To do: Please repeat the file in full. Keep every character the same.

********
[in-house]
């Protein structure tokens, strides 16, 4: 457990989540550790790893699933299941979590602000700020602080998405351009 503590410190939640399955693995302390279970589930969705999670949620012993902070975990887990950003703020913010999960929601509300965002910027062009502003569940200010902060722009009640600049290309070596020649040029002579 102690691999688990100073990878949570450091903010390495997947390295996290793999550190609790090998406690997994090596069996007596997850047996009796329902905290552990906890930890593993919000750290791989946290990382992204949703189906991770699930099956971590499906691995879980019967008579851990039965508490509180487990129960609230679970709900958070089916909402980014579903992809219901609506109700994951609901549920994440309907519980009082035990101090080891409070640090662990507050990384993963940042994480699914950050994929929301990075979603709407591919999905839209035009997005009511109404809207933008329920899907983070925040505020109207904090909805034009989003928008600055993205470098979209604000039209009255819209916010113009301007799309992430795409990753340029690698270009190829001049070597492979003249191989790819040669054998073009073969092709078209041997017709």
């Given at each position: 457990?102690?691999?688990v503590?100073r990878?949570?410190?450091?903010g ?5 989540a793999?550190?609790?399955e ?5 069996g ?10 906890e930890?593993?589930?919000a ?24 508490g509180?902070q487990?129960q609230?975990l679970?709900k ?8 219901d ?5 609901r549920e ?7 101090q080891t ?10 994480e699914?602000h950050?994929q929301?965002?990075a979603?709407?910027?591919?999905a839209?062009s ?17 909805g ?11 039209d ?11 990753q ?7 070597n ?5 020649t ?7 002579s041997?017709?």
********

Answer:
[in-house]
């Protein structure tokens, strides 16, 4: 457990989540550790790893699933299941979590602000700020602080998405351009 503590410190939640399955693995302390279970589930969705999670949620012993902070975990887990950003703020913010999960929601509300965002910027062009502003569940200010902060722009009640600049290309070596020649040029002579 102690691999688990100073990878949570450091903010390495997947390295996290793999550190609790090998406690997994090596069996007596997850047996009796329902905290552990906890930890593993919000750290791989946290990382992204949703189906991770699930099956971590499906691995879980019967008579851990039965508490509180487990129960609230679970709900958070089916909402980014579903992809219901609506109700994951609901549920994440309907519980009082035990101090080891409070640090662990507050990384993963940042994480699914950050994929929301990075979603709407591919999905839209035009997005009511109404809207933008329920899907983070925040505020109207904090909805034009989003928008600055993205470098979209604000039209009255819209916010113009301007799309992430795409990753340029690698270009190829001049070597492979003249191989790819040669054998073009073969092709078209041997017709």
């Given at each position: 457990?102690?691999?688990v503590?100073r990878?949570?410190?450091?903010g ?5 989540a793999?550190?609790?399955e ?5 069996g ?10 906890e930890?593993?589930?919000a ?24 508490g509180?902070q487990?129960q609230?975990l679970?709900k ?8 219901d ?5 609901r549920e ?7 101090q080891t ?10 994480e699914?602000h950050?994929q929301?965002?990075a979603?709407?910027?591919?999905a839209?062009s ?17 909805g ?11 039209d ?11 990753q ?7 070597n ?5 020649t ?7 002579s041997?017709?």